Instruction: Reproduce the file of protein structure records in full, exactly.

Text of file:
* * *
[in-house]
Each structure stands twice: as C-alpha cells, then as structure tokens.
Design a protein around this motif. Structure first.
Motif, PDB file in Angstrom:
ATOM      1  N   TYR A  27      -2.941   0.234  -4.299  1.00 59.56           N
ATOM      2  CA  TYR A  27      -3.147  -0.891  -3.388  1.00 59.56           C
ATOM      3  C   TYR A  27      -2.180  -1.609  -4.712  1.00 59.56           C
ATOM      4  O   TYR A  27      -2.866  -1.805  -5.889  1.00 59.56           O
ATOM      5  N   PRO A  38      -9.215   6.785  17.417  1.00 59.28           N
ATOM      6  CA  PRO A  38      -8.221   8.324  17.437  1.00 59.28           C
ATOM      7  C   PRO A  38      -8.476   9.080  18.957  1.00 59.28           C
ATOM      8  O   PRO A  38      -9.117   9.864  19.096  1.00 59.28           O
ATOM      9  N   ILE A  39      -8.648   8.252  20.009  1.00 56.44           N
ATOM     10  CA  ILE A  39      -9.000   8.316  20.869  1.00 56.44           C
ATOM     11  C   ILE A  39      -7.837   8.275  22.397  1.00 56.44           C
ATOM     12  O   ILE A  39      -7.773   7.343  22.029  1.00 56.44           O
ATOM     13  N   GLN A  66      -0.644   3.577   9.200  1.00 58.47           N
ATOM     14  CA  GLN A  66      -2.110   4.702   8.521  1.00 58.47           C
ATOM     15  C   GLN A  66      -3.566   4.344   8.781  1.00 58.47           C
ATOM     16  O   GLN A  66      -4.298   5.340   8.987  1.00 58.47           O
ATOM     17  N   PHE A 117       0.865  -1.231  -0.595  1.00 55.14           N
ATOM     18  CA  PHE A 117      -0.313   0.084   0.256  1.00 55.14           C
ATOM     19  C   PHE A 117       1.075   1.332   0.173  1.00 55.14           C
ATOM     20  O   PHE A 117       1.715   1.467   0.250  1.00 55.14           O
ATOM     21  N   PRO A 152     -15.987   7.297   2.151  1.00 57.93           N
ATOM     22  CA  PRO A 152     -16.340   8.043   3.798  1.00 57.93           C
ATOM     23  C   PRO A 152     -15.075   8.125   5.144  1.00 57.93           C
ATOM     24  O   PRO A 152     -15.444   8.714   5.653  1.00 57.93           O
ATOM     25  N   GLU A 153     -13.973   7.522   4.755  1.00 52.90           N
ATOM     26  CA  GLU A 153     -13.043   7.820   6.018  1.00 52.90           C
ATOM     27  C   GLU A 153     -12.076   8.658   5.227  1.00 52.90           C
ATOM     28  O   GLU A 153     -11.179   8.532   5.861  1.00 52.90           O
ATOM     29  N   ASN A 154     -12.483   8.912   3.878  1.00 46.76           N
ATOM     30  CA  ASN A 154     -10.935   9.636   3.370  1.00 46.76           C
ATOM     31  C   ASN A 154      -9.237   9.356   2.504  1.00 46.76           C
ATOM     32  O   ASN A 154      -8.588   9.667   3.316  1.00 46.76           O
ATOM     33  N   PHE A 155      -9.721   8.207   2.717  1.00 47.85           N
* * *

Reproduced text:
[in-house]
Each structure stands twice: as C-alpha cells, then as structure tokens.
Design a protein around this motif. Structure first.
Motif, PDB file in Angstrom:
ATOM      1  N   TYR A  27      -2.941   0.234  -4.299  1.00 59.56           N
ATOM      2  CA  TYR A  27      -3.147  -0.891  -3.388  1.00 59.56           C
ATOM      3  C   TYR A  27      -2.180  -1.609  -4.712  1.00 59.56           C
ATOM      4  O   TYR A  27      -2.866  -1.805  -5.889  1.00 59.56           O
ATOM      5  N   PRO A  38      -9.215   6.785  17.417  1.00 59.28           N
ATOM      6  CA  PRO A  38      -8.221   8.324  17.437  1.00 59.28           C
ATOM      7  C   PRO A  38      -8.476   9.080  18.957  1.00 59.28           C
ATOM      8  O   PRO A  38      -9.117   9.864  19.096  1.00 59.28           O
ATOM      9  N   ILE A  39      -8.648   8.252  20.009  1.00 56.44           N
ATOM     10  CA  ILE A  39      -9.000   8.316  20.869  1.00 56.44           C
ATOM     11  C   ILE A  39      -7.837   8.275  22.397  1.00 56.44           C
ATOM     12  O   ILE A  39      -7.773   7.343  22.029  1.00 56.44           O
ATOM     13  N   GLN A  66      -0.644   3.577   9.200  1.00 58.47           N
ATOM     14  CA  GLN A  66      -2.110   4.702   8.521  1.00 58.47           C
ATOM     15  C   GLN A  66      -3.566   4.344   8.781  1.00 58.47           C
ATOM     16  O   GLN A  66      -4.298   5.340   8.987  1.00 58.47           O
ATOM     17  N   PHE A 117       0.865  -1.231  -0.595  1.00 55.14           N
ATOM     18  CA  PHE A 117      -0.313   0.084   0.256  1.00 55.14           C
ATOM     19  C   PHE A 117       1.075   1.332   0.173  1.00 55.14           C
ATOM     20  O   PHE A 117       1.715   1.467   0.250  1.00 55.14           O
ATOM     21  N   PRO A 152     -15.987   7.297   2.151  1.00 57.93           N
ATOM     22  CA  PRO A 152     -16.340   8.043   3.798  1.00 57.93           C
ATOM     23  C   PRO A 152     -15.075   8.125   5.144  1.00 57.93           C
ATOM     24  O   PRO A 152     -15.444   8.714   5.653  1.00 57.93           O
ATOM     25  N   GLU A 153     -13.973   7.522   4.755  1.00 52.90           N
ATOM     26  CA  GLU A 153     -13.043   7.820   6.018  1.00 52.90           C
ATOM     27  C   GLU A 153     -12.076   8.658   5.227  1.00 52.90           C
ATOM     28  O   GLU A 153     -11.179   8.532   5.861  1.00 52.90           O
ATOM     29  N   ASN A 154     -12.483   8.912   3.878  1.00 46.76           N
ATOM     30  CA  ASN A 154     -10.935   9.636   3.370  1.00 46.76           C
ATOM     31  C   ASN A 154      -9.237   9.356   2.504  1.00 46.76           C
ATOM     32  O   ASN A 154      -8.588   9.667   3.316  1.00 46.76           O
ATOM     33  N   PHE A 155      -9.721   8.207   2.717  1.00 47.85           N